Marine Fuels: Preventing Claims and Disputes

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BP102029
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Number of Pages:
144
Book Height:
210 mm
Book Width:
149 mm
Weight:
0.3 kg
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This guide identifies potential causes of dispute in the supply of marine fuel and provides guidance on how to have the best chance of success when pursuing or defending a claim.

This guide highlights what can go wrong when purchasing, bunkering and using marine fuels and the steps that can be taken to avoid disputes and mitigate their impact.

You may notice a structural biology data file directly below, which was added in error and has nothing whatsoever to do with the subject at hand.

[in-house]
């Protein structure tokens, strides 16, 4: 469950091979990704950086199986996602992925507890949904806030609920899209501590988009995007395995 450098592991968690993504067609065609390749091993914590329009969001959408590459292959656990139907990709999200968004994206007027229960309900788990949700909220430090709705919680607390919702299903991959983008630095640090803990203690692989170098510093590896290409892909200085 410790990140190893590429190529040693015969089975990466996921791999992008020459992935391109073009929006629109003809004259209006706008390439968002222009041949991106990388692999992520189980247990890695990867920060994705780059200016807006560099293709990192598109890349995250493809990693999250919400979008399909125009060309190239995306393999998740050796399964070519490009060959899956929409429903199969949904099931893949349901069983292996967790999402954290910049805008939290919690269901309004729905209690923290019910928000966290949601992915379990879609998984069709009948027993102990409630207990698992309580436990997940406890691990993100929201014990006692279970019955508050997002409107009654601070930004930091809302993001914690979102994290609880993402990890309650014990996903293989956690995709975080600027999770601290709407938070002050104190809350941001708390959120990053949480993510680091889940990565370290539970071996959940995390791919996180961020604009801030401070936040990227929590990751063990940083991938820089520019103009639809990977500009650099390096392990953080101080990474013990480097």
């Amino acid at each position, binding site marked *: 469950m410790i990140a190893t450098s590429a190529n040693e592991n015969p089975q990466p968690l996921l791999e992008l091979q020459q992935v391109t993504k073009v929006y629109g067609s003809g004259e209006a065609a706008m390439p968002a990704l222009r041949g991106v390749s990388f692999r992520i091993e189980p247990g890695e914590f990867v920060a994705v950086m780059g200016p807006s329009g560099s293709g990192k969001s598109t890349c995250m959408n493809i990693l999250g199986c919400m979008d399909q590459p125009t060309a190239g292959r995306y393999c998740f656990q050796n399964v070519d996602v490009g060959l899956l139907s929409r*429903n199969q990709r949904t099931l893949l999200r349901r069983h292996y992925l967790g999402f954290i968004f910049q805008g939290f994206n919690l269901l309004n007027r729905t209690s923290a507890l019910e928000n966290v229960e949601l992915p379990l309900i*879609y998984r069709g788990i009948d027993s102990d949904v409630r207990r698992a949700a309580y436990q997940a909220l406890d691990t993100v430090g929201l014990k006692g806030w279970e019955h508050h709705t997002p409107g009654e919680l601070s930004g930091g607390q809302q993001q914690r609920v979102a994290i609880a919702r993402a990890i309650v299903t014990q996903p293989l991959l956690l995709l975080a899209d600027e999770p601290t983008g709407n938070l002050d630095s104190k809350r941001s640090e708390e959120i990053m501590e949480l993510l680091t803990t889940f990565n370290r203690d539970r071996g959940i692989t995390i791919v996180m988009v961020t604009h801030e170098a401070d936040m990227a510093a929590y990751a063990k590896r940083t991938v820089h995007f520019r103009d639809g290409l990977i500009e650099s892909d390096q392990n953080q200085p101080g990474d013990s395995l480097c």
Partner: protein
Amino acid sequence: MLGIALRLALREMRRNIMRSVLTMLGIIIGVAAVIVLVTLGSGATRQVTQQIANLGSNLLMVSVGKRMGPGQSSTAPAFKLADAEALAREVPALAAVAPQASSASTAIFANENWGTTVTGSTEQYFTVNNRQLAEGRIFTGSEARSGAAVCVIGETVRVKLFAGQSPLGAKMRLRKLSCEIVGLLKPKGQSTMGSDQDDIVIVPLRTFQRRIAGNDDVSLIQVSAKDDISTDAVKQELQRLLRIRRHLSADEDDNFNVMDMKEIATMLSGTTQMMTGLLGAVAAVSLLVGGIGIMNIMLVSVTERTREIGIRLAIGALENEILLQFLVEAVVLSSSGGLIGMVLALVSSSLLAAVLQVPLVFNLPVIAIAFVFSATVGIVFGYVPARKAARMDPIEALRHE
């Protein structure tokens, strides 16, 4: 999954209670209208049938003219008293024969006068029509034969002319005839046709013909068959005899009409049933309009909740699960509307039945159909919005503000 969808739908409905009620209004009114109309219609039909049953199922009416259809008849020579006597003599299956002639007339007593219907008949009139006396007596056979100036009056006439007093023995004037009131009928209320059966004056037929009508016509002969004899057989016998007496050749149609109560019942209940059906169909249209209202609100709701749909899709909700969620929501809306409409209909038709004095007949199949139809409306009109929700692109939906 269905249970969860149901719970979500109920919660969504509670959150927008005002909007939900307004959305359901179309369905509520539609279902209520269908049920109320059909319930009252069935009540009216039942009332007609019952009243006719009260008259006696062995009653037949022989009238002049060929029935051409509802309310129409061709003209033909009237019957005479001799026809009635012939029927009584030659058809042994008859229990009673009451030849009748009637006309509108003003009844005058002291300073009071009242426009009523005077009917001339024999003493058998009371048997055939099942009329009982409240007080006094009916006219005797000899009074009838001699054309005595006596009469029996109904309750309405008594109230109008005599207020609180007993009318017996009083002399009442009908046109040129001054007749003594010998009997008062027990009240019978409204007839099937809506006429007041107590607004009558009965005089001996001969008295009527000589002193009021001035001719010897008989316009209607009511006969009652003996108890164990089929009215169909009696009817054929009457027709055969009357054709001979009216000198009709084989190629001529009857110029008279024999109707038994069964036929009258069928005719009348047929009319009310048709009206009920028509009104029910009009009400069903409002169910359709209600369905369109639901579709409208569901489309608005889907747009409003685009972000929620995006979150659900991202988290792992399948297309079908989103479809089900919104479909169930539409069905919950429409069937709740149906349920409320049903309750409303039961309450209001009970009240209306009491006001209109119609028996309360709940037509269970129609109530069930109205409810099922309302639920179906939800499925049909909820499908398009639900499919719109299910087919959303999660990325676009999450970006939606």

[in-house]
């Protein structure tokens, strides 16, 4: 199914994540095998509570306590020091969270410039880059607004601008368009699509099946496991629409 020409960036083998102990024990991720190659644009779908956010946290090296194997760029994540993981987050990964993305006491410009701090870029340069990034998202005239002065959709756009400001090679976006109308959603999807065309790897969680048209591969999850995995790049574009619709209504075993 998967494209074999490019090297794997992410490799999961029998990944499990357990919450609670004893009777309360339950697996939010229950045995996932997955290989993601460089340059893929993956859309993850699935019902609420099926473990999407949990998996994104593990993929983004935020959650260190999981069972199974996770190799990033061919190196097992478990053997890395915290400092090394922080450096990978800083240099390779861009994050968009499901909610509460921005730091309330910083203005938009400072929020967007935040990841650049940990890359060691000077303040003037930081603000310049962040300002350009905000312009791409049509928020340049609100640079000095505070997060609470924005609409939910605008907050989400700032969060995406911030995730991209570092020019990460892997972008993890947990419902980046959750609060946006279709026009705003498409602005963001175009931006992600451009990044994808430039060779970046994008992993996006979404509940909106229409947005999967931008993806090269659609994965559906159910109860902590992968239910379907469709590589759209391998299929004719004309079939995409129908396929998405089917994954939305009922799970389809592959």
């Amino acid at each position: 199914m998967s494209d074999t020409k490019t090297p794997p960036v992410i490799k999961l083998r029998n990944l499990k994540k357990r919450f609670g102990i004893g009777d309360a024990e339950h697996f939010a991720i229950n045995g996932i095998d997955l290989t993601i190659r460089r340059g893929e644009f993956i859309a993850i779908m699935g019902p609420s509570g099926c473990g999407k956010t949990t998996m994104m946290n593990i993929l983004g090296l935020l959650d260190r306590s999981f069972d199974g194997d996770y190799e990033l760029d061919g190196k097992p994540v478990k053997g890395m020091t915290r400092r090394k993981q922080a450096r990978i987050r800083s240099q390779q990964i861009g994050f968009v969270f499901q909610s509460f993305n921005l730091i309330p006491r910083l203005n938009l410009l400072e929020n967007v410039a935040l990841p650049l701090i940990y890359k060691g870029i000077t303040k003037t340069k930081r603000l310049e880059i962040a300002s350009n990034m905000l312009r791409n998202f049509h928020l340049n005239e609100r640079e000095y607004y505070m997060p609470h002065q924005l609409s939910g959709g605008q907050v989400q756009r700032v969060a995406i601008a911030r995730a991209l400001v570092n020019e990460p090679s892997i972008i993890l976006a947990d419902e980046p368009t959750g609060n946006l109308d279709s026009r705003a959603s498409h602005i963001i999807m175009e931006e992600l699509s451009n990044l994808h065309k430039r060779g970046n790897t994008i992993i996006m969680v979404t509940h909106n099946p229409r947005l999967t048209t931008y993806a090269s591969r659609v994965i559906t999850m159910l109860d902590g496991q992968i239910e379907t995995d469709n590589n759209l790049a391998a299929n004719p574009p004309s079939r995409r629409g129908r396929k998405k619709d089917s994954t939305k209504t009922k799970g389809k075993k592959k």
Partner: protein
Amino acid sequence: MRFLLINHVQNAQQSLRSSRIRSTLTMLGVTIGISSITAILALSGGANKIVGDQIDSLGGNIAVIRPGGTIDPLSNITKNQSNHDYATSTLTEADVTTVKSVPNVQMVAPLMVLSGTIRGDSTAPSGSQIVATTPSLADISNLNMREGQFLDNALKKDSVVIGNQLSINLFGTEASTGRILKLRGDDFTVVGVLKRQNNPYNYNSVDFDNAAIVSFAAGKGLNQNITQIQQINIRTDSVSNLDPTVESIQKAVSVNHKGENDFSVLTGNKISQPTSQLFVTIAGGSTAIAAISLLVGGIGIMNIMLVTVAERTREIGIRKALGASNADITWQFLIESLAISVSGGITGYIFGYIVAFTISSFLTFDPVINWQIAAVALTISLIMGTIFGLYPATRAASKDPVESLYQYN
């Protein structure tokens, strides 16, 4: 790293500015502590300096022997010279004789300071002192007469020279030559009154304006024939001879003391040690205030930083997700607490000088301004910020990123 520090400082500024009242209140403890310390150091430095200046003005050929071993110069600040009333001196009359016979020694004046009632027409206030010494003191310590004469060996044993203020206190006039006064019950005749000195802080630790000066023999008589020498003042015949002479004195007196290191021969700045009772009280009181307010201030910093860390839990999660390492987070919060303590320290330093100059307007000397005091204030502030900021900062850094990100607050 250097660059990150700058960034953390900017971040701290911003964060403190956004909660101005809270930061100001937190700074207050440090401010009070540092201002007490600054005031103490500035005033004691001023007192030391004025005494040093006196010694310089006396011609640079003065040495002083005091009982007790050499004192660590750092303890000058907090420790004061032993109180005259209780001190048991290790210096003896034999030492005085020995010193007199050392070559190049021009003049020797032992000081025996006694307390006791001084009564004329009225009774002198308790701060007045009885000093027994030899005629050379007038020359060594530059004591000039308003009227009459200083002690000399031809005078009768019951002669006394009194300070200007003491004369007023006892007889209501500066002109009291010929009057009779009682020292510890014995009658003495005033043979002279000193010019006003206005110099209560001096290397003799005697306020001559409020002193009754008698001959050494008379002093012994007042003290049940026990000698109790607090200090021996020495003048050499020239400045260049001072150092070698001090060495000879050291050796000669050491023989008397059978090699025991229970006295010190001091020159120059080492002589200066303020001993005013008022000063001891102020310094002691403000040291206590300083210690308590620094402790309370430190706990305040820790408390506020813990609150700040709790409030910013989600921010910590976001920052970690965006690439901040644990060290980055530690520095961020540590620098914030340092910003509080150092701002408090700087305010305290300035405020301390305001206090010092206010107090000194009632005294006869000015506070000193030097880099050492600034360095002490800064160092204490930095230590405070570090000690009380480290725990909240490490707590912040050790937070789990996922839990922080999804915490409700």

It examines each stage of the supply chain, including the production and characteristics of fuel oil, contracts, transfer and handling operations, quantity and quality assessment, onboard storage and environmental compliance. It considers the impact of the 2020 global sulphur cap, with a particular focus on the increasing use of LNG as a marine fuel.

The guide also discusses collection of evidence relating to quality and quantity disputes and advises on claims management.

The appendices set out recommended BIMCO clauses, standard letters and no lien provisions.

The deterioration in quality of marine fuel oils over recent decades, coupled with increasingly stringent environmental legislation, presents a real challenge for shipowners and operators. Disputes relating to marine fuel oils – commonly referred to as ‘bunker fuel’ or simply ‘bunkers’ – show no sign of abating and are increasingly complex.